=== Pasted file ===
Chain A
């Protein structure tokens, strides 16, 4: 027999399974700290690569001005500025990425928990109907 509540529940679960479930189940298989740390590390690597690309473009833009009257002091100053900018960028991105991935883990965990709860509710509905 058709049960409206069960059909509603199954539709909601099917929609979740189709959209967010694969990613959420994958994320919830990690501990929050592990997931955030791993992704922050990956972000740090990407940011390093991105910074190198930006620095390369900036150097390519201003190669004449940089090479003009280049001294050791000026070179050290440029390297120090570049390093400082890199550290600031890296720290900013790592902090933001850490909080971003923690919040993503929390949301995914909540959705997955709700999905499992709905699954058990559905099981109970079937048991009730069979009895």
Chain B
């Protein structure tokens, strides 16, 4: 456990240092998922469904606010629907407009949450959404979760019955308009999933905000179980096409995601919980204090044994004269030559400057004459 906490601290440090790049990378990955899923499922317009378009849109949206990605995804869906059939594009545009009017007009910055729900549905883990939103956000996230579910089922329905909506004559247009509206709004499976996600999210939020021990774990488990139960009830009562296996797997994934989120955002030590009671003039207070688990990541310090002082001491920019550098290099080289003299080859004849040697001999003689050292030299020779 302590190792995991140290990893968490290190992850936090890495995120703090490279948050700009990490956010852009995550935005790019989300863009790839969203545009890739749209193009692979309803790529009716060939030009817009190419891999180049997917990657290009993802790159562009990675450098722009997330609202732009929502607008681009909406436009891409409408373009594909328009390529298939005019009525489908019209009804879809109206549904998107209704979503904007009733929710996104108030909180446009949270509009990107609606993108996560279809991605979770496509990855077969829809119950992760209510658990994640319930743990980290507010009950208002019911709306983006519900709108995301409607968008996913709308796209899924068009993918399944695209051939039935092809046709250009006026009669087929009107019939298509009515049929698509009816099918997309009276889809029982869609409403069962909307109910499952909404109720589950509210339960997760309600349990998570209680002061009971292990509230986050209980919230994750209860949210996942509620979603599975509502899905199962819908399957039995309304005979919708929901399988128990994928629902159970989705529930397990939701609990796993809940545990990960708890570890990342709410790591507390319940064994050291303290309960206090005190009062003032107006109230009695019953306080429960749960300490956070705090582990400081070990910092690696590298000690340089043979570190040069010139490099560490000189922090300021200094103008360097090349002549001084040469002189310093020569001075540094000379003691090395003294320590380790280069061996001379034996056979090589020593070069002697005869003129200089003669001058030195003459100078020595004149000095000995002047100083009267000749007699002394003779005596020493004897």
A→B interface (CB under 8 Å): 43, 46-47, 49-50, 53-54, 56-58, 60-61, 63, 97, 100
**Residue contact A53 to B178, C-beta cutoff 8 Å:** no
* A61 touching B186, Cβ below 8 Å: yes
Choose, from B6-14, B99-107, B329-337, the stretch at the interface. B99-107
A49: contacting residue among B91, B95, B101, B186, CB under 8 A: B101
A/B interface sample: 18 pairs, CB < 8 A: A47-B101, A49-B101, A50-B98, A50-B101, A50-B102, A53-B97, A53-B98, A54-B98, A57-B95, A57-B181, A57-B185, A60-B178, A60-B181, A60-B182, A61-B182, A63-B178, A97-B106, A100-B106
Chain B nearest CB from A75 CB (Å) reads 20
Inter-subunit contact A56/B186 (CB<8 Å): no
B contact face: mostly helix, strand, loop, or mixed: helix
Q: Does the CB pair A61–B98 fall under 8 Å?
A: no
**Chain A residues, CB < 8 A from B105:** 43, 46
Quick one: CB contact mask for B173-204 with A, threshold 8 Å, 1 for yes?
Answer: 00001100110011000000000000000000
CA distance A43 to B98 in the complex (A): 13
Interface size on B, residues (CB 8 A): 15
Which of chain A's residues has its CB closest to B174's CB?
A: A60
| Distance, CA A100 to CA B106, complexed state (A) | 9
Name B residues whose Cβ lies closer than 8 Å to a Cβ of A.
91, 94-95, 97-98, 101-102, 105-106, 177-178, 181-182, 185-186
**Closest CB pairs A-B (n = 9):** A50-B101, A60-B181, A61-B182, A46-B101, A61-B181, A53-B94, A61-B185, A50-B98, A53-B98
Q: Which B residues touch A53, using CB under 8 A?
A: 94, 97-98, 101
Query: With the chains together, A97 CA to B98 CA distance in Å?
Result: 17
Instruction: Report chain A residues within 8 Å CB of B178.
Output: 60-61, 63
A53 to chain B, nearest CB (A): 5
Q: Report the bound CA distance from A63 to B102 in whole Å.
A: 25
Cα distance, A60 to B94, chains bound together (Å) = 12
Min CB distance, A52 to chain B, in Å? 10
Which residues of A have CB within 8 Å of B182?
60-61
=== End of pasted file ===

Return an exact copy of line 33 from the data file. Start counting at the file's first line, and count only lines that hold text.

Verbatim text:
A53 to chain B, nearest CB (A): 5